Any exit is a huge accomplishment for an entrepreneur. It is an important validation of work well done, and it is an open door for future projects. And yes, it is often a significant financial windfall. There is no right or wrong buyer in the strategic verses financial discussion, but it may be helpful to understand the nuances on both sides. The bottom line is that any exit can be a good exit, and all good exits should be celebrated!

Hoyt David Morgan is an entrepreneur, angel investor and business strategy leader. He is an investor and/or adviser to a handful of exciting and high growth companies, and has been a part of several high-value exits. He is passionate about customer experience, smart business and helping innovative companies grow... and sailing.

Business Entrepreneur

15 tips to spot a toxic work environment when interviewing

(BUSINESS ENTREPRENEUR) Interviewing can be tricky, but this new infographic will help you look for signs of toxicity before, during, and after the interview.

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Person in an interview

When we’re in the process of job hunting, we’re typically looking because we need a change, for multiple reasons. Any interview sparks hope. Because we’re sometimes so willing to make that change, we often put our blinders on in the hopes that whatever comes is the perfect opportunity for us.

With those blinders, however, it can be common to miss some red flags that tell you what you really need to know about the job you may be applying or interviewing for. Luckily, Resume.io is here to help.

They have developed 15 warning signs in their infographic: How to Spot a Toxic Work Environment Before You Take the Job. Let’s dive in and take a look at these.

First, the preparation before the interview. Red flags can shop up from the get-go. Here’s what to look out for before you even meet face-to-face (or over the phone/Zoom).

  1. Vague job description: If there is nothing substantial about the description of the job itself and only buzzwords like “team player,” be on alert.
  2. Negative Glassdoor reviews: These reviews on company culture are worth taking into account. If multiple people have a recurring issue, it’s something to be aware of.
  3. Arranging an interview is taking forever: If they keep you waiting, it’s typically a sign of disorganization. This may not always be the case, but pay attention to how they’re respecting you and your time.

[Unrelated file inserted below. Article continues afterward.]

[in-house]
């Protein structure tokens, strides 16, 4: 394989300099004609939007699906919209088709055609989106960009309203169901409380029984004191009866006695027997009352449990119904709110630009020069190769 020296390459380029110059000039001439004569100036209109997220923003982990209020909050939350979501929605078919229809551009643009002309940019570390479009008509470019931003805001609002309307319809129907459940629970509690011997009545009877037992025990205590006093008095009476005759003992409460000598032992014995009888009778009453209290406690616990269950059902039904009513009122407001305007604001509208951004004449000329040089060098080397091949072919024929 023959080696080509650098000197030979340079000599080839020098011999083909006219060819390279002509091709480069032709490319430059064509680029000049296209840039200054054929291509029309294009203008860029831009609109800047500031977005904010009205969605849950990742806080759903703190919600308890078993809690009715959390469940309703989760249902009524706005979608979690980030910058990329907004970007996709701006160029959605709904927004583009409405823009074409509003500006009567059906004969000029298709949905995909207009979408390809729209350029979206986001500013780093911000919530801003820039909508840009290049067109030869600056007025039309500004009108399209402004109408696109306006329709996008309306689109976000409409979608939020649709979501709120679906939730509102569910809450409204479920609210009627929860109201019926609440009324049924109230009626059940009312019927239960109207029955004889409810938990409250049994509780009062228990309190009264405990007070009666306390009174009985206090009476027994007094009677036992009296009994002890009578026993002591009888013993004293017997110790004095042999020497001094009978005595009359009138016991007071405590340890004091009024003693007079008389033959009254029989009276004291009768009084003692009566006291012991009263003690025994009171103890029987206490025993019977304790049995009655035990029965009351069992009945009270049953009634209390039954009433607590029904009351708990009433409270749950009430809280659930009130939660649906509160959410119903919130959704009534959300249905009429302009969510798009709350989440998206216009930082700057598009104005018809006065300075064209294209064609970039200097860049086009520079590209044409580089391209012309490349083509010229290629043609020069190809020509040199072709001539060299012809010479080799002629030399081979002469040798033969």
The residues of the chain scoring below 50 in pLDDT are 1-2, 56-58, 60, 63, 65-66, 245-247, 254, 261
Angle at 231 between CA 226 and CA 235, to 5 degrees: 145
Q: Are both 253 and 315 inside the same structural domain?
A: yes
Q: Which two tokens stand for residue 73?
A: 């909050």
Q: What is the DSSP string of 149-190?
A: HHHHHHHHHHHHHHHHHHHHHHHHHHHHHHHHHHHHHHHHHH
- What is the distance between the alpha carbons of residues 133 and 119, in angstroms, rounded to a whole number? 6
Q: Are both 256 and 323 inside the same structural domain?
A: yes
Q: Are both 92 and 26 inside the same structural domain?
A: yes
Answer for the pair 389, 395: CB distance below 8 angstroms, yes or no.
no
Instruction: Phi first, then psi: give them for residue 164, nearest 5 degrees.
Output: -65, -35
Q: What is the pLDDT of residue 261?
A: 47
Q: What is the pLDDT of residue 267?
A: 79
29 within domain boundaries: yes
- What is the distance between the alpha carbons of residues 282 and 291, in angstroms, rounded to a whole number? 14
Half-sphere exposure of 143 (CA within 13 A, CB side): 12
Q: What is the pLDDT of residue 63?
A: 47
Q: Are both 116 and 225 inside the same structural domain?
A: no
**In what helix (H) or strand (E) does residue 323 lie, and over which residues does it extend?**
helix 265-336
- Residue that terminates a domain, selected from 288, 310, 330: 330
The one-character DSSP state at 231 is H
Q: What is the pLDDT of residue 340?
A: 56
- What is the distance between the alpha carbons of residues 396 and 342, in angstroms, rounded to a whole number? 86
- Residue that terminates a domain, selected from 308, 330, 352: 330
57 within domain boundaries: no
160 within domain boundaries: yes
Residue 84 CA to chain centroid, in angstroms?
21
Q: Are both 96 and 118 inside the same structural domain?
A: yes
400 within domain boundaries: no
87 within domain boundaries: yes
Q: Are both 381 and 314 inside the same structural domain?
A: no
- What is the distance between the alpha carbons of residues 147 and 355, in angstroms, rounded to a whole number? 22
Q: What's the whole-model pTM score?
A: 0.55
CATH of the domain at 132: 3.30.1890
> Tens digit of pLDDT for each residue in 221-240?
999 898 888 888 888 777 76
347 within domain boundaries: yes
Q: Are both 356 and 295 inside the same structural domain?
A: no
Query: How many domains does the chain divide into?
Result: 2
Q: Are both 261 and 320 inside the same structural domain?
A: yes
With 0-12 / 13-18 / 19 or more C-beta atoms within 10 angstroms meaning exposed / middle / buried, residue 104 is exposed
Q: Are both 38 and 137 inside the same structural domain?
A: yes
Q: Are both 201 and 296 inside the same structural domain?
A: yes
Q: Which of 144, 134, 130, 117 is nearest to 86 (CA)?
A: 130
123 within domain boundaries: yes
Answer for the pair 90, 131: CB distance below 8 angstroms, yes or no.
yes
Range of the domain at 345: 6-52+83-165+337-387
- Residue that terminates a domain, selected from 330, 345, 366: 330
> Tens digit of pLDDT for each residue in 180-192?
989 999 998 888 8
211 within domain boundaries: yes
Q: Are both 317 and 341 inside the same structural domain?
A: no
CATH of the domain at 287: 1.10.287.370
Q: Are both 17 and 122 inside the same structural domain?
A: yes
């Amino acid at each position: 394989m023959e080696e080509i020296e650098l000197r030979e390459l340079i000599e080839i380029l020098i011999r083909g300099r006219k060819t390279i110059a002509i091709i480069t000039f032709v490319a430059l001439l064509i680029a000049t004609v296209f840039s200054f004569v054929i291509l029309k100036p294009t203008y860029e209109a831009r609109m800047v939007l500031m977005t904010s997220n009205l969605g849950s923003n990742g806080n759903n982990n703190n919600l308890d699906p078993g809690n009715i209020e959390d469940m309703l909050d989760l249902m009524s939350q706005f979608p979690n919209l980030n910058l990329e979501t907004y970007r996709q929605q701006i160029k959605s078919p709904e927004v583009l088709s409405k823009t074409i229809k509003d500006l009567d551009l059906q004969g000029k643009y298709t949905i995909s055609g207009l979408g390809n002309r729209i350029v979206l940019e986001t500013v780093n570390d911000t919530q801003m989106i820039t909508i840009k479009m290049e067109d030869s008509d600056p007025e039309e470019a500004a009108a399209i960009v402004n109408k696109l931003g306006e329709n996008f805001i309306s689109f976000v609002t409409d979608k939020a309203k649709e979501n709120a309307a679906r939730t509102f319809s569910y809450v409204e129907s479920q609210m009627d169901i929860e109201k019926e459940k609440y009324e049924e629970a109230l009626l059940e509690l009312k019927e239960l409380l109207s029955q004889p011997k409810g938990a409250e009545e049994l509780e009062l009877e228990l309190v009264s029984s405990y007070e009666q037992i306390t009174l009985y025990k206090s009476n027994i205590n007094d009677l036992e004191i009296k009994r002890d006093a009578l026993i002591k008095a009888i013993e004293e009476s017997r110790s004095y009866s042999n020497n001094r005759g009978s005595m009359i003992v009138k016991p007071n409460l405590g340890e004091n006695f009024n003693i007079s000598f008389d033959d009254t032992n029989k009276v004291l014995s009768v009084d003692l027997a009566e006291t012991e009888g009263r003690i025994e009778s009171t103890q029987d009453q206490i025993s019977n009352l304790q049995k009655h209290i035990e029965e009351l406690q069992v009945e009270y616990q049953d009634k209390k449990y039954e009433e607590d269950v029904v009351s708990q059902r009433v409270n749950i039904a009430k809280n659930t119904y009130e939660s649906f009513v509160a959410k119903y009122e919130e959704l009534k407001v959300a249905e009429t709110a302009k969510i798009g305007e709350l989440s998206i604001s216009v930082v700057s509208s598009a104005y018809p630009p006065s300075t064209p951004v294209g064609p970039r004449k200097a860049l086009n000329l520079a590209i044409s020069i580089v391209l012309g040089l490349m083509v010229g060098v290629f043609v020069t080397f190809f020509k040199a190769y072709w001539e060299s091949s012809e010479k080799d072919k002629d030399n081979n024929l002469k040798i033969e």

4. Your arrival comes as a surprise to them: Again, disorganization. This is also displaying a lack of communication in the company.
  5. The interview starts late: See the last sentence of #3. Not only are they disrespecting your time, but they’re displaying a lack of time management.

Now, for the high-pressure situation: During the interview. Here’s what you need to be keeping an eye on (while simultaneously listing your strengths and weaknesses, of course)

  1. Unpreparedness: If the interviewer is scattered and not prepared for your conversation, this may be a sign that they don’t fully understand the tasks and expectations for the job.
  2. Doesn’t get into your skill set: If they don’t ask about your skills, how can they know what you’re bringing to the table?
  3. Rudeness: If the interviewer is rude throughout the interview or is authoritative (either to you or to a panel who may be present,) be on alert. This is just a sign of what’s to come.
  4. Uncommunicative about company values: If it’s different from what’s on their website or they seem spacey about company values, this is a red flag.
  5. Your questions aren’t being answered: If they’re avoiding answering your questions, they may be hiding an aspect of the job – or the company – that they don’t want to reveal.

Finally, the waiting game. Once the interview is complete, here are some less-than-good things to be on the lookout for. Keep in mind that some of these may be hard to gauge seeing that we’re in the middle of a pandemic and many companies haven’t returned to their offices yet:

  1. Brief interview: If the interview was too short, they are either desperate or have already filled the position. Either way, bad.
  2. Quiet workplace: This may be a sign of a lack of teamwork or a tense environment.
  3. No tour: If you don’t get to see the office, again, they may be hiding something.
  4. Offer on the day of interview: Not giving you time to think may be a sign of desperation.
  5. Leaving you waiting: Again, if they leave you waiting on an answer like they did with scheduling, it’s a sign of disorganization and disrespect.

While one of these 15 things happening doesn’t necessarily mean the job is a bust, a few of these things happening may be an indicator to look elsewhere.

 

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Business Entrepreneur

This startup makes managing remote internships easier for all

(BUSINESS ENTREPRENEUR) Internships during COVID are tough to manage for many employers, but Symba aims to present a unique solution.

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Internships could be becoming easier to facilitate remotely, wherever you are.

Internships are among the innumerable practices disrupted by the COVID-19 pandemic. Some might argue that the loss of the corporate version of hazing that defines many internships is not something to be mourned. But the fact remains that internships are crucial for both employers and employees. Fortunately, a company called Symba might have a solution: Remote internships.